Frito Lay abandons eco-friendly SunChip bags

Last year, Frito Lay unveiled a 100% compostable bag for SunChips. Since packaging waste from single-serving junk food is a sizable chunk of our society’s trash, this move was a big deal and was cheered by environmentalists. They even had a sappy commercial showing how this could make the world more environmentally friendly. Remember the commercial?

Many (including myself) hoped that this would encourage other manufacturers of single-serving snacks to use eco-friendly packaging. Sadly, it was not to be. In fact, SunChips won’t even use compostable packaging anymore. ABC News Reports:

“About 18 months after the company unveiled its new 100 percent compostable packaging for SunChips, the company has said it will transition back to the original packing for five of its six flavors.”

And why is Frito Lay un-doing one of the most significant waste reduction moves of the last decade?

“The reason for the switch? Consumers say the packaging is too loud.”

You read that correctly. The fact that these bags reduce the enormous and unsustainable amount of waste that our society produces is apparently less important than the fact that they are a little noisier when you crinkle them.

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  1. Alan Dove · October 7, 2010

    It says more about Frito-Lay’s customers than it does about the company. People who give a damn about the environment probably aren’t buying single-serving junk food in the first place. For them, convenience and a quick fat-and-sugar fix trump all other considerations, and a noisy bag just isn’t convenient.

    I don’t think it’s fair to blame the company for this. Companies have to maximize profit and act in their own self-interest. If we want to do something about the “externalities,” such as pollution from their products, then society has to put a price on those problems. Add a plastic packaging tax, and you’d boost the price of these single-serving junk foods, at which point people would probably appreciate a biodegradable, cheaper package – even if it was louder. As long as the market price doesn’t reflect the real societal cost of the product, though, this is the kind of outcome you’ll get. Google “tragedy of the commons” for a whole lot more on this.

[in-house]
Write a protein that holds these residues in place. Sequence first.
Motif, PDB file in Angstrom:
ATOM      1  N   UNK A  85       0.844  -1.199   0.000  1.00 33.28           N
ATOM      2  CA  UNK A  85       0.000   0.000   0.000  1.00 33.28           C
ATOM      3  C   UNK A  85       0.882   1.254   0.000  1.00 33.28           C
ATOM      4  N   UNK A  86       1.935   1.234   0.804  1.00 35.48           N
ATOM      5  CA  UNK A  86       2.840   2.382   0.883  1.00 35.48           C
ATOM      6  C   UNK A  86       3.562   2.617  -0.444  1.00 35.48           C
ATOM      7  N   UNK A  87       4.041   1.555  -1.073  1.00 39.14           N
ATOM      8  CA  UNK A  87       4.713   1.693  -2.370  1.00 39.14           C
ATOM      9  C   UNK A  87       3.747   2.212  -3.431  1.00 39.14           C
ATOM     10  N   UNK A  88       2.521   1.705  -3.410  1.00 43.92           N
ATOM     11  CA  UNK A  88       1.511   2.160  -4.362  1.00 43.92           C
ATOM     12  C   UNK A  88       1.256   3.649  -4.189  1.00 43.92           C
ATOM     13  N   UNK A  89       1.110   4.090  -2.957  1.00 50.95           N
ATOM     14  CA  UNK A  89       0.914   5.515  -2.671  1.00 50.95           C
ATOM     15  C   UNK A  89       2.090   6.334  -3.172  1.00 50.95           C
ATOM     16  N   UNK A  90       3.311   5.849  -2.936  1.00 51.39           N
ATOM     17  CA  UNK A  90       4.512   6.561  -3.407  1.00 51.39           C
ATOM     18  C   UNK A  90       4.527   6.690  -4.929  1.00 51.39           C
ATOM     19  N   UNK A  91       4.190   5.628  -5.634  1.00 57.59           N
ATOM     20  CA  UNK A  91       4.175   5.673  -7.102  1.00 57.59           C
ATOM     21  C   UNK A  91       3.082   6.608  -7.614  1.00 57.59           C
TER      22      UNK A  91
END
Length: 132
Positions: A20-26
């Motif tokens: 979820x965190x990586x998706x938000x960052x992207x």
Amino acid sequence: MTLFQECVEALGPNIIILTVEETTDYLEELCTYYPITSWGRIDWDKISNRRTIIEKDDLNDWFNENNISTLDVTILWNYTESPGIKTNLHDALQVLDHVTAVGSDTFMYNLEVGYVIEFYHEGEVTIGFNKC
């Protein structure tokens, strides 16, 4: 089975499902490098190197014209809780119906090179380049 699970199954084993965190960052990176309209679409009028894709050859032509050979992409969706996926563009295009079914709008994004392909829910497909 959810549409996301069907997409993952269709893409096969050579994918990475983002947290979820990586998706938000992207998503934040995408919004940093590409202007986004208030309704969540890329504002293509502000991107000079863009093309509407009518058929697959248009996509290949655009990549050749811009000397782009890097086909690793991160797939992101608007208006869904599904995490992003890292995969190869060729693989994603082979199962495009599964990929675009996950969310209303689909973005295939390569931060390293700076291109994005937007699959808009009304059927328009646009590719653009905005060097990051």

• WhySharksMatter · October 7, 2010

      I wasn’t necessarily blaming Frito-Lay as much as reflecting on how the whole situation upset me.

  2. Sam · October 7, 2010

    You know you live in America when so much of the news is worthy of that same exact de-motivational. Seriously, I’ve been seeing it everywhere and it’s been so richly deserved.

    But seriously. How whiney can people get? And was the packaging actually 100% biodegradable?

    • WhySharksMatter · October 7, 2010

      The packaging claimed to be 100% compostable and I never saw anything critiquing that.

  3. Sam · October 7, 2010

    Those bags were startlingly loud. I felt self-conscious eating Sun Chips in the next room when my friends were watching TV. And can we really expect the American public to put their chips in a bowl before eating them?


  4. Mike McCallister · October 7, 2010

    I’m indifferent to those bags. They were unusually load…but whatever. I also don’t compost so I can’t say I ever composted one of their bags. However, and this is second hand info, but a friend of mine who does compost said she put one of those bags in her compost bin and it is STILL there, and it’s been more than 3 months (which she says the bag claims is the amount of time it takes to compost). How relevant that is…you’re guess is as good as mine.

  5. Southern Fried Scientist · October 7, 2010

    Even things designed to be composted, like frito bags, corn starch utensils, and those funky food cartons need to be shredded first.

  6. Barney · October 17, 2010

    Just for some clarification, they do still use the compostable bags for the large bags of the regular flavored chips. So, the project isn’t completely abandoned.

    • WhySharksMatter · October 18, 2010

      Noted. They’ve only stopped using the eco-friendly bags in the overwhelming majority of their products, not all of them.

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